Boston Bombing Suspect Charged, Will Not Be Treated as Enemy Combatant

As he lay seriously wounded in a hospital bed, Boston Marathon bombing suspect Dzhokhar Tsarnaev was charged by a federal magistrate judge with using a weapon of mass destruction resulting in death and malicious destruction of property resulting in death. If convicted, the 19-year-old could face the death penalty.

“Although our investigation is ongoing, today’s charges bring a successful end to a tragic week for the city of Boston and for our country,” Attorney General Eric Holder said Monday. “We’ve once again shown that those who target innocent Americans and attempt to terrorize our cities will not escape from justice. We will hold those who are responsible for these heinous acts accountable to the fullest extent of the law.”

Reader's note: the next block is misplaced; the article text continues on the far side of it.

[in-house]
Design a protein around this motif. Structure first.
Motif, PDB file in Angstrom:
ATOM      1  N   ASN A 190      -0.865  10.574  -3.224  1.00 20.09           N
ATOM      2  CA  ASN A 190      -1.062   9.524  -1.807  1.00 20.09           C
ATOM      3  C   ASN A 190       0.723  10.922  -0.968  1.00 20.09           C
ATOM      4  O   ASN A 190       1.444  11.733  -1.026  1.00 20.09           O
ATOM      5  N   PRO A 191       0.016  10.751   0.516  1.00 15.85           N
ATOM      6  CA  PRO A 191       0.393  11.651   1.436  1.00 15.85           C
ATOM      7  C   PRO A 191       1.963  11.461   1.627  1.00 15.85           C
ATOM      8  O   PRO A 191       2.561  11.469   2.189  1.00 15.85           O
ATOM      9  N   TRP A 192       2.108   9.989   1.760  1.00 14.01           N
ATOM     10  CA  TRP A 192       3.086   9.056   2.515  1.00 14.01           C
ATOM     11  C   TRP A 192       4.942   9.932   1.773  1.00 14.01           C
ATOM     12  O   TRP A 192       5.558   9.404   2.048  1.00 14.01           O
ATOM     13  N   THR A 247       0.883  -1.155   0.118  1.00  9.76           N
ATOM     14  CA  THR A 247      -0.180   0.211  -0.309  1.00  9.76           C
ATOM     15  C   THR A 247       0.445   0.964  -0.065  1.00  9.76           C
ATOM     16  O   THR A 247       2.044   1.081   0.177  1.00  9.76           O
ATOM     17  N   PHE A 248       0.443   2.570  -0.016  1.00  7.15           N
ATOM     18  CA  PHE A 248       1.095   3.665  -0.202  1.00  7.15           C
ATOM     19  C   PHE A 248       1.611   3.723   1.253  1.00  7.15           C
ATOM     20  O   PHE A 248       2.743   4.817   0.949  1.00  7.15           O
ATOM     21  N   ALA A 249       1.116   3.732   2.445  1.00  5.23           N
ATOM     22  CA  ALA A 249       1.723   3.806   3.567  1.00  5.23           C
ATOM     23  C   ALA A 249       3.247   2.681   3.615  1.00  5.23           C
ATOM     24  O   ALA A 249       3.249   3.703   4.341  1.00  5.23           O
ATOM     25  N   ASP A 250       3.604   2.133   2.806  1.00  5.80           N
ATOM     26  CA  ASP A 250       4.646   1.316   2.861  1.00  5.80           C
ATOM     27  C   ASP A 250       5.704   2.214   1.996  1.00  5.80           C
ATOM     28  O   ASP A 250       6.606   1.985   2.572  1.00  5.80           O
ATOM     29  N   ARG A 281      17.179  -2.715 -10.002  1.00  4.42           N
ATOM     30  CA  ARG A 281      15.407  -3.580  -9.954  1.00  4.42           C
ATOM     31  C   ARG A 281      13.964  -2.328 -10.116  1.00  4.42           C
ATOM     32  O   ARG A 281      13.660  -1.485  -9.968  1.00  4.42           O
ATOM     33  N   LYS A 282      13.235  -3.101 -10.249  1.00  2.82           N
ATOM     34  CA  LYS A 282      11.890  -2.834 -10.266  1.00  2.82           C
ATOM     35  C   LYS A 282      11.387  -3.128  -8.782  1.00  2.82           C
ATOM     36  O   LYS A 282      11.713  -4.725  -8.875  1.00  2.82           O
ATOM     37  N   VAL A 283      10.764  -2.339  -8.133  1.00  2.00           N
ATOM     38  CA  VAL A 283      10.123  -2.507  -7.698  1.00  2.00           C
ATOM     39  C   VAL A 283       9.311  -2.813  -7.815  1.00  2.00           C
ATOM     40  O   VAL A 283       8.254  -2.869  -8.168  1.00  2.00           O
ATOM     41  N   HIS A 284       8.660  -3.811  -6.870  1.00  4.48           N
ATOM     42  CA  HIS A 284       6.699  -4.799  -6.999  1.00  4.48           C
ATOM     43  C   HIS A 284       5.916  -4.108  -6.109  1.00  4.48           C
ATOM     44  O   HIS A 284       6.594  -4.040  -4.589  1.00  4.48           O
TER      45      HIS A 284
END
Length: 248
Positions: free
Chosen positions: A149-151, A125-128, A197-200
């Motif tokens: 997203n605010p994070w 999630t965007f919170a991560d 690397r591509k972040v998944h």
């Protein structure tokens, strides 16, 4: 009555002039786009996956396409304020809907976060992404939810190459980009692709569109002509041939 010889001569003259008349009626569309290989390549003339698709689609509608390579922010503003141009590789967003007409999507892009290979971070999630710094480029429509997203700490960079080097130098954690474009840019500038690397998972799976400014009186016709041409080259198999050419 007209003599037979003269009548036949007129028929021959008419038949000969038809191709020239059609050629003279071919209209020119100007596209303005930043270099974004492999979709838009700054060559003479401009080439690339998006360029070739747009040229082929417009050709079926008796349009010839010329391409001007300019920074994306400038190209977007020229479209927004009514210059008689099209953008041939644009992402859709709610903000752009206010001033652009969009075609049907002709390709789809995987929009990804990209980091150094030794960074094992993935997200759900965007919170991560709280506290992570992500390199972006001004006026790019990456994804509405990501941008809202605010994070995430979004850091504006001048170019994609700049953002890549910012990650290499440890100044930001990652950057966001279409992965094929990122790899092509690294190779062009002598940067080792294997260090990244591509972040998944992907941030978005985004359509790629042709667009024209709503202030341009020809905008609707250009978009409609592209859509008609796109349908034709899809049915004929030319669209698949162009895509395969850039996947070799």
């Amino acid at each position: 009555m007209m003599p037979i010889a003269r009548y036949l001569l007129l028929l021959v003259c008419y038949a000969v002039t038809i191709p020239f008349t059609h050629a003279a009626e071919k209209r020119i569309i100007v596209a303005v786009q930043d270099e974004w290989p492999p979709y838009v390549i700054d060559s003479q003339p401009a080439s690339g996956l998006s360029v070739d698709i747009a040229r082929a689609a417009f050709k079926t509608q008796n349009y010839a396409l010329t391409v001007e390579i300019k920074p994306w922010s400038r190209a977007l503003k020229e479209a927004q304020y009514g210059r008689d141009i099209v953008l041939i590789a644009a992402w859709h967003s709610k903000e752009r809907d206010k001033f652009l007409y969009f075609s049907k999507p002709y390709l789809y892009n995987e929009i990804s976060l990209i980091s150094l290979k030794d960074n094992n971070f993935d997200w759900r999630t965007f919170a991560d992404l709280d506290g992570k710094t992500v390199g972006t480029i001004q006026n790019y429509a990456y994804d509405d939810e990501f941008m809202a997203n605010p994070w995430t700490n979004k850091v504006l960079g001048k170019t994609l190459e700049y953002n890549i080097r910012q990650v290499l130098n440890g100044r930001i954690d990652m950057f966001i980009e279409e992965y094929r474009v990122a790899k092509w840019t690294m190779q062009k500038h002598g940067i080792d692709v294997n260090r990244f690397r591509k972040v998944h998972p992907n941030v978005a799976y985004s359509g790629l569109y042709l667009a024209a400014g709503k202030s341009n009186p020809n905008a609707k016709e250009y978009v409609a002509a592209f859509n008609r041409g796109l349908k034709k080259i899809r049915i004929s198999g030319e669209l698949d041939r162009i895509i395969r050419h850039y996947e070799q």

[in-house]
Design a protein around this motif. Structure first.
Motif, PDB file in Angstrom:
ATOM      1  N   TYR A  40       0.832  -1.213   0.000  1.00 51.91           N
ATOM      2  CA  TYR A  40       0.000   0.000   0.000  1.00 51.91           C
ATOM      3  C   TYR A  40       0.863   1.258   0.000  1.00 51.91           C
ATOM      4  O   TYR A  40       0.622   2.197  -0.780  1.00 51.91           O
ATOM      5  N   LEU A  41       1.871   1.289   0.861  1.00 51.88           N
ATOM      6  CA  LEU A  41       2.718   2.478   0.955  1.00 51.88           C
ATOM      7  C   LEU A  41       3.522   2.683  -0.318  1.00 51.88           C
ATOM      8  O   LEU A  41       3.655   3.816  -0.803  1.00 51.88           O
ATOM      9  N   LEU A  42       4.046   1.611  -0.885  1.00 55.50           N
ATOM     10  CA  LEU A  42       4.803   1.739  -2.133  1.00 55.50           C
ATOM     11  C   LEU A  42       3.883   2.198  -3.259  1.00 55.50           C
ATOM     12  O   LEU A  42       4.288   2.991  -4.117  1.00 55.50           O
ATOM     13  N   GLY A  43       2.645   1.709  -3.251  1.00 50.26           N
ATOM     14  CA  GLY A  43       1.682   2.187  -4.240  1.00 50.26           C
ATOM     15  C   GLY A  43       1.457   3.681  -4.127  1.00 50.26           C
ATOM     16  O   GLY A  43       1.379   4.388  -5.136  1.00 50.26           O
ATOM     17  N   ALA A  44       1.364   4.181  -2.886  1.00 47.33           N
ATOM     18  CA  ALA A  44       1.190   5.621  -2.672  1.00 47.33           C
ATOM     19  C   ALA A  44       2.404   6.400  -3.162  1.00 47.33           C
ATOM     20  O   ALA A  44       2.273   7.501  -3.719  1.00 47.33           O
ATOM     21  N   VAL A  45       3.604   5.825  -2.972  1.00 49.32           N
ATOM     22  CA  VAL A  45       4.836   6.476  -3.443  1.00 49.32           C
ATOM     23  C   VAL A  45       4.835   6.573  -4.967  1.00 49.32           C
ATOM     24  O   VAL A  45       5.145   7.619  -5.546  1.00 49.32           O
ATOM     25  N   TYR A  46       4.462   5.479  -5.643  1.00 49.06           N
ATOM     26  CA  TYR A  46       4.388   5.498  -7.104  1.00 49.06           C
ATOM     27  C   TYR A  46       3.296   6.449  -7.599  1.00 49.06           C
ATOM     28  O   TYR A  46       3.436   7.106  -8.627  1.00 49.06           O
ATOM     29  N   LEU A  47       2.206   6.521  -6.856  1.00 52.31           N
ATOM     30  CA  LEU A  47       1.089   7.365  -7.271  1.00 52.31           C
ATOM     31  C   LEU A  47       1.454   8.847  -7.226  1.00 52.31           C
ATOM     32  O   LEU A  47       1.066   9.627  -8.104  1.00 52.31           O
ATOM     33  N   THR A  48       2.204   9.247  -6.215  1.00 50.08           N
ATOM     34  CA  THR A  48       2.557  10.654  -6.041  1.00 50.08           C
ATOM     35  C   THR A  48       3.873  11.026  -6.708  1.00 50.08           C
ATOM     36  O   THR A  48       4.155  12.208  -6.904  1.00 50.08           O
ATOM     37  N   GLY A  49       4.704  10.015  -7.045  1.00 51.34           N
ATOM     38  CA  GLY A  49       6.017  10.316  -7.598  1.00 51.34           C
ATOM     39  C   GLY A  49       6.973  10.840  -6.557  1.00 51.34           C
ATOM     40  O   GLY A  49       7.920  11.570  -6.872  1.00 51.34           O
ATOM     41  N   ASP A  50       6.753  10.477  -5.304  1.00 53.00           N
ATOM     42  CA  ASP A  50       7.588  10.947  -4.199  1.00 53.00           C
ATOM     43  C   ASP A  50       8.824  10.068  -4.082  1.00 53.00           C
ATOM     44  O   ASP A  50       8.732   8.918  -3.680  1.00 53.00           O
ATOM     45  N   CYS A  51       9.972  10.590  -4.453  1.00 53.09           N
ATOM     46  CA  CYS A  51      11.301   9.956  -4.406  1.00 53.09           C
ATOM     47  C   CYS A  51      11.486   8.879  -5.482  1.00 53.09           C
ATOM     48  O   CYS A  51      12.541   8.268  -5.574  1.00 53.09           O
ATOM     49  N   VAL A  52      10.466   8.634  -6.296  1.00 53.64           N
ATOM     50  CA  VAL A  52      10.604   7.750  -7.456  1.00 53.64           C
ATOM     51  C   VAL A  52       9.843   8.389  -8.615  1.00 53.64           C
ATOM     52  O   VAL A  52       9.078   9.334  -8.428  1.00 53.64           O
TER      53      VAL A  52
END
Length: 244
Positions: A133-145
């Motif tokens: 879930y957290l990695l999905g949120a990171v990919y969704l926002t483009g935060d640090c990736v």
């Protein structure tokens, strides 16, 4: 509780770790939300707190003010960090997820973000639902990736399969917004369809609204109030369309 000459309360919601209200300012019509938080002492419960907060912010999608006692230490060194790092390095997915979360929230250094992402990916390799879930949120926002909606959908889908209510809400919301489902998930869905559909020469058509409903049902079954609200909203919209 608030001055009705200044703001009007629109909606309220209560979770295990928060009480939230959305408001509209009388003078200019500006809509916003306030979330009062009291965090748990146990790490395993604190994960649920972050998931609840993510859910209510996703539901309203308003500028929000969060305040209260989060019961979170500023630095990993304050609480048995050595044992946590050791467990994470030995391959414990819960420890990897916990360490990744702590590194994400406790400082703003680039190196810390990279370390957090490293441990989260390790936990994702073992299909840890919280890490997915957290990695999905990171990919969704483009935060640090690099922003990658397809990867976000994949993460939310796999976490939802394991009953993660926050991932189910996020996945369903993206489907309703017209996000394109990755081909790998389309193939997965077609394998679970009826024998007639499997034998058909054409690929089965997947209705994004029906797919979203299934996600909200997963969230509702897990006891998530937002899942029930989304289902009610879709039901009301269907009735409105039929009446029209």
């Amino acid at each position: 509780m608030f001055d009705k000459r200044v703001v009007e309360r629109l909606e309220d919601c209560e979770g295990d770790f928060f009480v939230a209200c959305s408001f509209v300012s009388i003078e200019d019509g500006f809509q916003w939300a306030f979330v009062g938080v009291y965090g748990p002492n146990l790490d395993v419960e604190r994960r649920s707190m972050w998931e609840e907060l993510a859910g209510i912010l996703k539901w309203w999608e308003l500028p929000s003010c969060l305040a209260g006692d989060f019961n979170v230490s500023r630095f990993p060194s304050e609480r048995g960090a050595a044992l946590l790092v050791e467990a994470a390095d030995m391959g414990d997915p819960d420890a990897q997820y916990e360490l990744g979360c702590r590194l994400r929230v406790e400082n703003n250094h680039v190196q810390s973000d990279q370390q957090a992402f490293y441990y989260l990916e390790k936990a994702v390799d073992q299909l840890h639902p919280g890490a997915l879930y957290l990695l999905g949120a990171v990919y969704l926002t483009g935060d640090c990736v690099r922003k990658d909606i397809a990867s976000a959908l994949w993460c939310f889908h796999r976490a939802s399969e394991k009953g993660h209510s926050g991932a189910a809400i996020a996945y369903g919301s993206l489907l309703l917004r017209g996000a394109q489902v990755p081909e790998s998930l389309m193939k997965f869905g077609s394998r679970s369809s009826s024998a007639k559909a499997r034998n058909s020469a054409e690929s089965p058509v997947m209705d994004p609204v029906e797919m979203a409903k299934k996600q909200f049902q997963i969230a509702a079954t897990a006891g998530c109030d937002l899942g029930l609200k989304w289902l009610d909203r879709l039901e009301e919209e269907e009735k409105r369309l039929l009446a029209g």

The development comes after White House press secretary Jay Carney said that Tsarnaev would not be designated an enemy combatant and would be tried in federal courts.

Pointing to other terrorists who have been tried and convicted in federal court, he said, “The system has repeatedly proven that it can successfully handle the threat that we continue to face.”

He also said that US citizens cannot be tried before military commissions. Tsarnaev is a naturalized US citizen. He was sworn in as a citizen in September.

Carney also said President Obama “has been, and will continue to be” updated regularly on the bombing investigation.

Tsarnaev is now in the custody of the US Marshals Service at the hospital, a law enforcement source said.

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— Posted by Tracy Bloom.

Tracy Bloom
Assistant Editor
Tracy Bloom left broadcast news to study at USC's Annenberg School for Communication and Journalism. There she eventually became deputy editor of Neon Tommy, the most-trafficked online-only college website in…
Tracy Bloom

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